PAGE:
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Pennsylvania court rules insurer may still be responsible to pay RCV even if repairs never completed.

March 7, 2019

In situations where a property insurer denies coverage, the insured often complains that it is faced with a difficult dilemma – use its own money to fund repairs or avoid making repairs and risk having its recovery limited to actual cash value (ACV) if the insurer is later found liable for coverage. A Pennsylvania federal court recently clarified the insured’s ability to recover replacement cost value (RCV) in this situation. In the case of Utica Mut. Ins. Co. v. Cincinnati Ins. Co., No. 18—cv—1646 (E.D. Pa. January 23, 2019), the parties disputed coverage following a property loss. After the insurer denied coverage, the insured did not repair or replace the damaged property. Like most property policies, the policy limited recovery to ACV until such time as the damaged property is repaired or replaced. The insured argued the insurer’s coverage denial hindered its ability to rebuild and therefore it should be excused from the policy’s requirement to replace the damaged property to be eligible to recover RCV.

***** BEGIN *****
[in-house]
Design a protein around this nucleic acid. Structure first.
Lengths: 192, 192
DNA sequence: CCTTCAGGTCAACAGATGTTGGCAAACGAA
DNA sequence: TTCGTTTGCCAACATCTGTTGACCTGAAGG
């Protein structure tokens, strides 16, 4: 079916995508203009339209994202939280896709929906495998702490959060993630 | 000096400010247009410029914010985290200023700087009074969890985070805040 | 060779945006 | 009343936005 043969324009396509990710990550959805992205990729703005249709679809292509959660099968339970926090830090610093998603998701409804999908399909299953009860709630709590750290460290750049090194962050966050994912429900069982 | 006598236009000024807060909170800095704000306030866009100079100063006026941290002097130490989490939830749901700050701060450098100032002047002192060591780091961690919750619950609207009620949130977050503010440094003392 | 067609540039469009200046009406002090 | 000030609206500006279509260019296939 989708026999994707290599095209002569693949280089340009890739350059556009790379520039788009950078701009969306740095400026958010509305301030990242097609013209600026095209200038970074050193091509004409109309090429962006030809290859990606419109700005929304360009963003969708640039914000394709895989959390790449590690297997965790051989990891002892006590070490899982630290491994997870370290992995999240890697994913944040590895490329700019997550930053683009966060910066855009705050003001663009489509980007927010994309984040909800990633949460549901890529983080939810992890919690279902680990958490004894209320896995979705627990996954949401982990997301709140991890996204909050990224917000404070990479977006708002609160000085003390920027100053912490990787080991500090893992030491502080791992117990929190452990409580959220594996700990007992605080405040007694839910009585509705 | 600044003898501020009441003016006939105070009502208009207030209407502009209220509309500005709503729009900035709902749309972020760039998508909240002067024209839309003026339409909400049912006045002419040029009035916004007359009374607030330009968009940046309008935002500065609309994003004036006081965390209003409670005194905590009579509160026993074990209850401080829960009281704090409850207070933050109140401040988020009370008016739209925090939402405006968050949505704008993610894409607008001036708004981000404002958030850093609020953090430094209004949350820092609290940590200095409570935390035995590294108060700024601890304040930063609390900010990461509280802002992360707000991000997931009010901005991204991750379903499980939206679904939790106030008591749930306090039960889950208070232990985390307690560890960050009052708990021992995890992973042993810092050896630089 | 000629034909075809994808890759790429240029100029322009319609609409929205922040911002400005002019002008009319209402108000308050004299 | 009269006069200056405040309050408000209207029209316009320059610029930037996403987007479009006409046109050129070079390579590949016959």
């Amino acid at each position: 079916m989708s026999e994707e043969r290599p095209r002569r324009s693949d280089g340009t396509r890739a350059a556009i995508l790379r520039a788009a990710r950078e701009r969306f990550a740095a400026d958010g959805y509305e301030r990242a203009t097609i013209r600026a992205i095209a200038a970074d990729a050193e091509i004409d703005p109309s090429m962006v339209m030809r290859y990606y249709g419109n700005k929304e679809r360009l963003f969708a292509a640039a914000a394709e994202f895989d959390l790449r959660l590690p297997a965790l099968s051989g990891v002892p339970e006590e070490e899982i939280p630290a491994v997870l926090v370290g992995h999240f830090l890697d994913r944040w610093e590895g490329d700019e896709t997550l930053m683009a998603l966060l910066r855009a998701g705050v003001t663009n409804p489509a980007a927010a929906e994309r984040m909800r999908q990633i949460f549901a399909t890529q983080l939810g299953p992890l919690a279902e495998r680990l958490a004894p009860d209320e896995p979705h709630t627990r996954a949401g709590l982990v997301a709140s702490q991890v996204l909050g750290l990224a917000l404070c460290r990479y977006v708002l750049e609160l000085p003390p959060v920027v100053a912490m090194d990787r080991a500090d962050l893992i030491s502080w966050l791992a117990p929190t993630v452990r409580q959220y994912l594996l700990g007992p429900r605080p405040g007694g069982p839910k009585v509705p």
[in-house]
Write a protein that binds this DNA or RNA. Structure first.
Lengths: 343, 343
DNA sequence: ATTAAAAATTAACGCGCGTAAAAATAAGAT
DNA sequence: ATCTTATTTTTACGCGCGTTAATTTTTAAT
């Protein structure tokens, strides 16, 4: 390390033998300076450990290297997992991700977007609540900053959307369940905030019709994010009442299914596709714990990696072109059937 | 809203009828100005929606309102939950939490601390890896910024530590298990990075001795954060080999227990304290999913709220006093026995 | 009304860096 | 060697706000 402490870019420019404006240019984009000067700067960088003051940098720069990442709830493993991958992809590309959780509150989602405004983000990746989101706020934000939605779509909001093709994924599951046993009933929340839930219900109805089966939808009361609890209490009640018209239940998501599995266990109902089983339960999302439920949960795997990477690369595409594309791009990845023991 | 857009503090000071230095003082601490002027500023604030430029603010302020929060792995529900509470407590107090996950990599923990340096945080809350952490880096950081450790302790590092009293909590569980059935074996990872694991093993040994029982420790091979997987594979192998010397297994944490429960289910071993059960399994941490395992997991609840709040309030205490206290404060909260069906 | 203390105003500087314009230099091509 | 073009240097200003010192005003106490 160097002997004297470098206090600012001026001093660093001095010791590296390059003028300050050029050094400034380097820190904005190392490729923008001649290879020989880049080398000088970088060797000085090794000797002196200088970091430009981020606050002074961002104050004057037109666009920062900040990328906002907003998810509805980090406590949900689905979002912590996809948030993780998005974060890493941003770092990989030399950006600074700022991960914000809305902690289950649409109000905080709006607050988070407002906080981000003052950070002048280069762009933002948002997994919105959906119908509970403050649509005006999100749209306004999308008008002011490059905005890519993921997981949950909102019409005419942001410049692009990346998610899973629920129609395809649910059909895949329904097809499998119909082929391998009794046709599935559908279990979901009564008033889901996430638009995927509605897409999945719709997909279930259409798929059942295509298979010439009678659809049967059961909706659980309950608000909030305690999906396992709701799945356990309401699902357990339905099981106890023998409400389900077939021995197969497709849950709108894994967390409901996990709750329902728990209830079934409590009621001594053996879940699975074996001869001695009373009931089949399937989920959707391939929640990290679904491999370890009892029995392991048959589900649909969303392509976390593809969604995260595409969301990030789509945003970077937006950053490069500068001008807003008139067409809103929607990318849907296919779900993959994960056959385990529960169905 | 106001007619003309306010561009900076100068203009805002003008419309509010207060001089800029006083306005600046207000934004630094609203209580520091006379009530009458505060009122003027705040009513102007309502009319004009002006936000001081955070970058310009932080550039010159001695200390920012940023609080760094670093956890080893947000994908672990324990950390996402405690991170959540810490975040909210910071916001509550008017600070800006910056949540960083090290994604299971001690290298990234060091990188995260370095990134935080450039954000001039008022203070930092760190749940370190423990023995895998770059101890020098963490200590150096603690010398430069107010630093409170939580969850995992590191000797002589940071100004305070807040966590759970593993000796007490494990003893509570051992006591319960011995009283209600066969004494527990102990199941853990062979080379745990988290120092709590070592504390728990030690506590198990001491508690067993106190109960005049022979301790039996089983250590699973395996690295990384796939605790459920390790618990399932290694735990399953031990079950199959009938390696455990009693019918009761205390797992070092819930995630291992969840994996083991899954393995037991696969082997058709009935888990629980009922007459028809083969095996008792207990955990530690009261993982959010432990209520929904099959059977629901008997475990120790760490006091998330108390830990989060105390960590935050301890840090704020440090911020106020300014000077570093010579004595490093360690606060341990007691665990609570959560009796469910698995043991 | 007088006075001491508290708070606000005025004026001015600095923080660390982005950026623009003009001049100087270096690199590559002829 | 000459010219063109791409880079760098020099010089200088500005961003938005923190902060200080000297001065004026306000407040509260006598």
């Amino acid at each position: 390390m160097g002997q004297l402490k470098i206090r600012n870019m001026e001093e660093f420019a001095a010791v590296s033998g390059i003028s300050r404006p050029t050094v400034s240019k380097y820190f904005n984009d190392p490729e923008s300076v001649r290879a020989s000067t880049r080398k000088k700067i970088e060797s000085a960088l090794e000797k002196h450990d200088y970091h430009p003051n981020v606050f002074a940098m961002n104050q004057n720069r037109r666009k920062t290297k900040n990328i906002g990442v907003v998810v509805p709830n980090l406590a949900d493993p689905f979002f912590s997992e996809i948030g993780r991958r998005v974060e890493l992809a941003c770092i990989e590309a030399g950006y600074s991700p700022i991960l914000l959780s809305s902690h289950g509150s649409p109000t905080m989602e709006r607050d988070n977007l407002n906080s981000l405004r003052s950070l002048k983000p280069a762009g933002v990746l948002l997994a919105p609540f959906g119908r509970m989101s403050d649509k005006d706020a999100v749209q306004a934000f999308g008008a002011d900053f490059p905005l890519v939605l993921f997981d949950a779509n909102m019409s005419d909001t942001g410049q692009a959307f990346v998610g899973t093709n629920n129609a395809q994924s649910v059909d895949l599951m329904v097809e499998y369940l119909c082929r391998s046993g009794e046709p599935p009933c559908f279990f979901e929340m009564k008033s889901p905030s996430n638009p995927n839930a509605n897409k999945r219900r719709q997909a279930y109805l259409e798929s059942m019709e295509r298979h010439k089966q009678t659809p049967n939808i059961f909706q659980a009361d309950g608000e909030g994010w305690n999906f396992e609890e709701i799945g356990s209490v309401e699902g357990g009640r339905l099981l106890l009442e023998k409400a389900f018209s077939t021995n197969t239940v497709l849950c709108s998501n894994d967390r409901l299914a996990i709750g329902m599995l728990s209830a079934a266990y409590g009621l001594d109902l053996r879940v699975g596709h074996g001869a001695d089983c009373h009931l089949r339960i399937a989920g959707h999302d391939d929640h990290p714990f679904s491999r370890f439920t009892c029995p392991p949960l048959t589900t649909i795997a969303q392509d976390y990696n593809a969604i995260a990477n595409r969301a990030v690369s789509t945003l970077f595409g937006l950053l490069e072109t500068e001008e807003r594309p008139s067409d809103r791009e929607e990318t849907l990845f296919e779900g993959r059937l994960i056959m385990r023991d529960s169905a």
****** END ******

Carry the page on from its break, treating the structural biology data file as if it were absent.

In reviewing the case law, the court focused on the insurer’s actions and whether denying coverage made it impossible, or at least unduly risky, for the insured to comply with the replacement requirement. The court held that the insured may recover RCV despite noncompliance with a replacement requirement where the insured demonstrates that “but for” the insurer’s denial of coverage, the insured would have repaired or replaced the property. Unfortunately, the court did not identify any of the factors to be considered in the “but for” analysis. The court left open the question of whether the insured would actually be required to repair or replace the damaged property if the court found coverage and awarded RCV. 

It should be noted that this reasoning has not been adopted by Pennsylvania’s highest court. A public policy question to consider is whether this court’s holding discourages proper upkeep of damaged property if the insured believes it can credibly blame the insurer for its failure to make repairs.